Debate Corner

          I commend the Journal for the high level of objectivity to which it aspires.  You provide an important service as a forum for public dissertation and debate.  A recent article1 in your journal disputes two statements in my book, Hemp, Lifeline to the Future.2  I wish to respond to those comments.
          Popular Mechanics magazine published a 1938 article3 [which states] that the woody core of hemp is "77 percent cellulose".  I have since come to agree with you that their figure is incorrect.  My review of scientific and technical literature indicates a cellulose content in the core ranging from 30 percent to around 40 percent.  I see two possible explanations for the magazine's error.  The writer may have inadvertently combined the cellulose content with hemi-cellulose, since together they approximate the stated figure.  Or perhaps he meant not the core but the bark, which can surpass 77 percent cellulose.
          Moving on, you dispute my statement that hemp produces "a larger amount of dry vegetable matter than any other crop in temperature climates" (p. 72).  This is quoted verbatim from the 1913 US Department of Agriculture report entitled "Hemp".4  Dewey clearly referred to the horticulture of his day with conventional farming techniques to produce annual rotational crops in a sustainable manner.  The context as I described it excludes tropical, aqua culture, tree farming and genetically mutated crops.  History shows us that hemp is a long-term crop that gives high yields on good soil using only natural organic fertilizers (e.g., manure and compost) and crop rotation.  While a few crops can equal or surpass hemp's short term annual output, most of these require more water and attention during the growing season.
          Furthermore, modern hemp reports come from different soils, different climates, different farming techniques, even different seeds lines than he used.  No wonder they get different results.  Genetics may be the defining issue.  Dewey hybridized choice seeds from Europe with the best of China.  He bred for maximum yields, not minimum THC, and he got a higher output under sustainable conditions.  Perhaps THC plays a greater role in hemp output than is politically correct to admit.  Perhaps the US government's century of hemp seed selection resulted in the most successful hemp breeding program ever achieved.  Or perhaps you're right, and Dewey overstated his case.  His hybrids were destroyed by the drug war, so we will never know for sure.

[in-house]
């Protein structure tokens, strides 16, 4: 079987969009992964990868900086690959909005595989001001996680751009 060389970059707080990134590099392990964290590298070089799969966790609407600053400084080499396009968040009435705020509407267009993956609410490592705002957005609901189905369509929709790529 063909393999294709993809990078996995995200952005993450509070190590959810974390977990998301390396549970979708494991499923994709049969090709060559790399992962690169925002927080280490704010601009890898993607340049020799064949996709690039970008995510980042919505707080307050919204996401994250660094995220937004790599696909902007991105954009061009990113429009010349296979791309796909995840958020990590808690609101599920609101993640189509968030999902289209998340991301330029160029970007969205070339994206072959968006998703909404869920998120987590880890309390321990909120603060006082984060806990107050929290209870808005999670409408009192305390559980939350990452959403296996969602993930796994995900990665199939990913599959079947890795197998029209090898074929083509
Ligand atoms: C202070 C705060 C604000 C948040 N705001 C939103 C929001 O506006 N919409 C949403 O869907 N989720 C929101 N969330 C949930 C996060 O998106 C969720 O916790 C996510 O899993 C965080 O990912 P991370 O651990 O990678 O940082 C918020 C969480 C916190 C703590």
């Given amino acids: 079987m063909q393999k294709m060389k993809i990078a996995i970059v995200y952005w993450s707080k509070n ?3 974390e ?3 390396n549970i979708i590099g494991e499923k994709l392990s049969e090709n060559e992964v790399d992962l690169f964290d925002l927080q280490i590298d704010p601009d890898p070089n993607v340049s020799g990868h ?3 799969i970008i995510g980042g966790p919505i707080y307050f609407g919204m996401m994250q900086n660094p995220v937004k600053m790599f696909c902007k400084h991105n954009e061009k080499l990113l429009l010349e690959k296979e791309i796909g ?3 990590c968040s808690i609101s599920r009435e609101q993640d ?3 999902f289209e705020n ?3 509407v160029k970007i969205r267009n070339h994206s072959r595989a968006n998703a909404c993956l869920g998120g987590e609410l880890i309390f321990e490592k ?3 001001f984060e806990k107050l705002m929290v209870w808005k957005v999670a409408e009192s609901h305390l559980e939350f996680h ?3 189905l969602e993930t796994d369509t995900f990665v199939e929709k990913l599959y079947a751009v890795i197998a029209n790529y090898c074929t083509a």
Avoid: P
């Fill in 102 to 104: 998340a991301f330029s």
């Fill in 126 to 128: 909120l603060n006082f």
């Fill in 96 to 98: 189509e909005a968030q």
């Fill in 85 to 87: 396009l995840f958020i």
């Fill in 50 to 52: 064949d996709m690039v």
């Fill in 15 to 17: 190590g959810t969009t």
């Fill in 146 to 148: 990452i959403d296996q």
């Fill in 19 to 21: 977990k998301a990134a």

I hope to see some work done around the variables discussed here for a more accurate assessment of hemp's potential.  Nevertheless, there is no mistaking Dewey's enthusiasm for Cannabis.  It is an enthusiasm which I share, and I know you do, too.


Chris Conrad
Author of
Hemp, Lifeline to the Future
Director of the Business Alliance for Commerce in Hemp
President of the Hemp Industries Association

1  Werf, H.M.G. van der, 1994.  Hemp facts and hemp fictionJIHA 1: 58.

2  Conrad, Chris 1994.  Hemp, Lifeline to the Future.  Creative Xpressions.  Los Angeles California.

3  New Billion Dollar Crop in Popular Mechanics.  3 February 1938: 238-239.

4  Dewey, Lister Hoxley 1914.  Yearbook of the U.S. Department of Agriculture.  US Govt. Printing Office.  Washington, DC: 313.

Editor’s reply

          My article had for its objective, the separation of hemp facts from hemp fiction.  That is why I wanted to expose two commonly repeated "hemp myths", namely that hemp core yields more dry matter than other crops, and that hemp core contains 77% cellulose.  I am glad that you now agree with me that 77% cellulose in the core is fiction rather than fact and that Dewey's claim may have been overstated.
          In the article you have reacted to, I forgot to mention a third enduring hemp myth.  Interestingly, in your attempt to explain why Dewey's hemp cultivar may have been more productive than modern varieties, you bring up this third myth.  It can be summarized as "hemp bred for a low THC content is less productive and defenseless against pests".  De Meijer (1994), in evaluating a collection of about 200 Cannabis accessions did not find associations between cannabinoid content and agronomic characteristics such as rate of stem elongation or occurrence of the fungus Botrytis cinerea.  The Hungarian cultivar Kompolti Hybrid TC is similar to Dewey's cultivars: it is a hybrid of Chinese and European genotypes and relatively high in THC.  In my experiments, its yield was not superior to that of other, low-THC Hungarian cultivars.  So, until proven otherwise, I think the THC content of a hemp cultivar is irrelevant to its agronomic performance.  I do, however, agree with you that a possible ecological role for the cannabinoids is an intriguing topic which merits further investigation (Pate 1994).
          I would like to repeat that you should not take these criticisms personally.  I, too, think that hemp is a marvelous and fascinating crop, but often read exaggerated statements made by some of the "hempsters".  I feel the "hemp facts" are good enough and that this crop does not need "hemp fiction" to make it look better.

Best regards,

Hayo van der Werf

De Meijer, E. 1994.  Diversity in Cannabis, Ph.D. Dissertation, Agricultural University of Wageningen, The Netherlands.

Pate, D.W. 1994.  Chemical ecology of Cannabis, JIHA 1(2): 29, 32-37.